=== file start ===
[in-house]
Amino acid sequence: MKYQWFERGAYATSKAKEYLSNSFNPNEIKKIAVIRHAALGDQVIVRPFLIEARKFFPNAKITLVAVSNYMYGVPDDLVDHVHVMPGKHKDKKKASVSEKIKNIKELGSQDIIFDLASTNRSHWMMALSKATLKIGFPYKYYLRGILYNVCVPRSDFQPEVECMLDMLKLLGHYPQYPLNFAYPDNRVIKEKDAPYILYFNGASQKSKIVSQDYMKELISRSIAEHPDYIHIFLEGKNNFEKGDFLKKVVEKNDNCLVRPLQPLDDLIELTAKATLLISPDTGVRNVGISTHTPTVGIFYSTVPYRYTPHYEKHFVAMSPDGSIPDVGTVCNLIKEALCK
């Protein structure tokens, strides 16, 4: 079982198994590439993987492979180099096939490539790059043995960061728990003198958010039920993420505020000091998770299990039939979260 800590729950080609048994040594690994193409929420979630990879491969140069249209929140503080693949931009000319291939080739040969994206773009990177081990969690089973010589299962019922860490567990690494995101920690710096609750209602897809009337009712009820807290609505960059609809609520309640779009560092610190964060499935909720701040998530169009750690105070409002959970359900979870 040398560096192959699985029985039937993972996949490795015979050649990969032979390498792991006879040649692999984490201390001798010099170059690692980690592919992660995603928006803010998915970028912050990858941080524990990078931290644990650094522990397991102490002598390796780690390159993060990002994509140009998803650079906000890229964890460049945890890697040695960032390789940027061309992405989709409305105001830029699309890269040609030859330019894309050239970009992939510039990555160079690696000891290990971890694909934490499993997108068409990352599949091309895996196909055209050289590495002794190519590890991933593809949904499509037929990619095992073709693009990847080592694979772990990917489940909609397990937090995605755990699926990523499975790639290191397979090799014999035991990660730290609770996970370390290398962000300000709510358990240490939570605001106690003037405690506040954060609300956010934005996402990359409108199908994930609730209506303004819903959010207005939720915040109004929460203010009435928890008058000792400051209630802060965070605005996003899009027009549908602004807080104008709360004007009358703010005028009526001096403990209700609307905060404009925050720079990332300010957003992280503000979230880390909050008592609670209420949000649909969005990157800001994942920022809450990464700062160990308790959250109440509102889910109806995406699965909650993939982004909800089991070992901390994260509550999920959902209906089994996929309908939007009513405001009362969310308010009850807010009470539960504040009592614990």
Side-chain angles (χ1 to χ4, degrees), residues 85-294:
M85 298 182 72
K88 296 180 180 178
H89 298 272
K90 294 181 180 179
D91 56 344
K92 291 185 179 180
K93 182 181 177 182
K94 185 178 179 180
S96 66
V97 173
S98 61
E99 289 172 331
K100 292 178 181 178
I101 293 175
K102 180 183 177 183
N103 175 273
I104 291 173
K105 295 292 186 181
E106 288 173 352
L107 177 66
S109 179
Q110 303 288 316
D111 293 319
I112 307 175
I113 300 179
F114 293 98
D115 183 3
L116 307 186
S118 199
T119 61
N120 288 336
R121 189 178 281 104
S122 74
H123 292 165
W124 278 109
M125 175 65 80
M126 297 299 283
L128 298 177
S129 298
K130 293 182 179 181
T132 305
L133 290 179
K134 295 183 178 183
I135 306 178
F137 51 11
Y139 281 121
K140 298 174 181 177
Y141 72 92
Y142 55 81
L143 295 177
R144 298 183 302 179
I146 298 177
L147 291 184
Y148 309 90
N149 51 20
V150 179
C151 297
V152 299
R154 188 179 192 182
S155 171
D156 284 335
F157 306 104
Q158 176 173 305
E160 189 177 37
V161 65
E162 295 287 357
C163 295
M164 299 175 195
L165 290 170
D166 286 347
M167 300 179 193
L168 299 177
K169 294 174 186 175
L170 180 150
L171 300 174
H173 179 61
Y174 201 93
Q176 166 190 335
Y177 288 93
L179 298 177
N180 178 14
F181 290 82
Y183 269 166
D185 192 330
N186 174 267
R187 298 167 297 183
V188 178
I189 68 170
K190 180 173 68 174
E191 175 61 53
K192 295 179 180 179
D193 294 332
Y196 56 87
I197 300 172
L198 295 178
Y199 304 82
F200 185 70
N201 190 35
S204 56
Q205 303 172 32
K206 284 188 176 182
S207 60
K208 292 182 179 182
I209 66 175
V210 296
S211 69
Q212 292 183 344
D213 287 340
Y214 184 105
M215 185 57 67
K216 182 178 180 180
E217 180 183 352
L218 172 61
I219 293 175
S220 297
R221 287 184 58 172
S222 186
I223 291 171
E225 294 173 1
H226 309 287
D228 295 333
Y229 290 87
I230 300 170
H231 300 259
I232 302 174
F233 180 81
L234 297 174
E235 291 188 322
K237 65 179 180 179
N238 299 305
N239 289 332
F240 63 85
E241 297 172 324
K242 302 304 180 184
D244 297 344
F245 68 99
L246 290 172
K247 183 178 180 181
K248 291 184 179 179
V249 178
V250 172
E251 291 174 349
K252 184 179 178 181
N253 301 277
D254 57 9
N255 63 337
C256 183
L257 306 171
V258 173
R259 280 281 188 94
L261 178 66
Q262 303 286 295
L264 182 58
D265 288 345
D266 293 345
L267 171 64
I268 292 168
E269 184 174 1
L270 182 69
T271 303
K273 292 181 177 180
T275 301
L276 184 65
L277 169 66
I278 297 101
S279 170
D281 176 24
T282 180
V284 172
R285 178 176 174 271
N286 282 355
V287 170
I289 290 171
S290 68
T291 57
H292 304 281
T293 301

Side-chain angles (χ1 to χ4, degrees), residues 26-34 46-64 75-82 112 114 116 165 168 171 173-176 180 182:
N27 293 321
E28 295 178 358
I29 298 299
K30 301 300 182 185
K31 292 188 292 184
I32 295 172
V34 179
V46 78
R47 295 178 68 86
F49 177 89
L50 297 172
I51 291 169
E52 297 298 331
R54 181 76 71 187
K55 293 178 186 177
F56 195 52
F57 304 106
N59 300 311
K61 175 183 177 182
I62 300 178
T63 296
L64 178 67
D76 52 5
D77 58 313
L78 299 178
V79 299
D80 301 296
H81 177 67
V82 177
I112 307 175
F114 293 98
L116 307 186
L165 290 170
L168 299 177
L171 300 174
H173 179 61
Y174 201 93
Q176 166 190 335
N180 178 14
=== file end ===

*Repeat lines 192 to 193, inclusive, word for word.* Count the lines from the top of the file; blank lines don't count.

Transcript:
F49 177 89
L50 297 172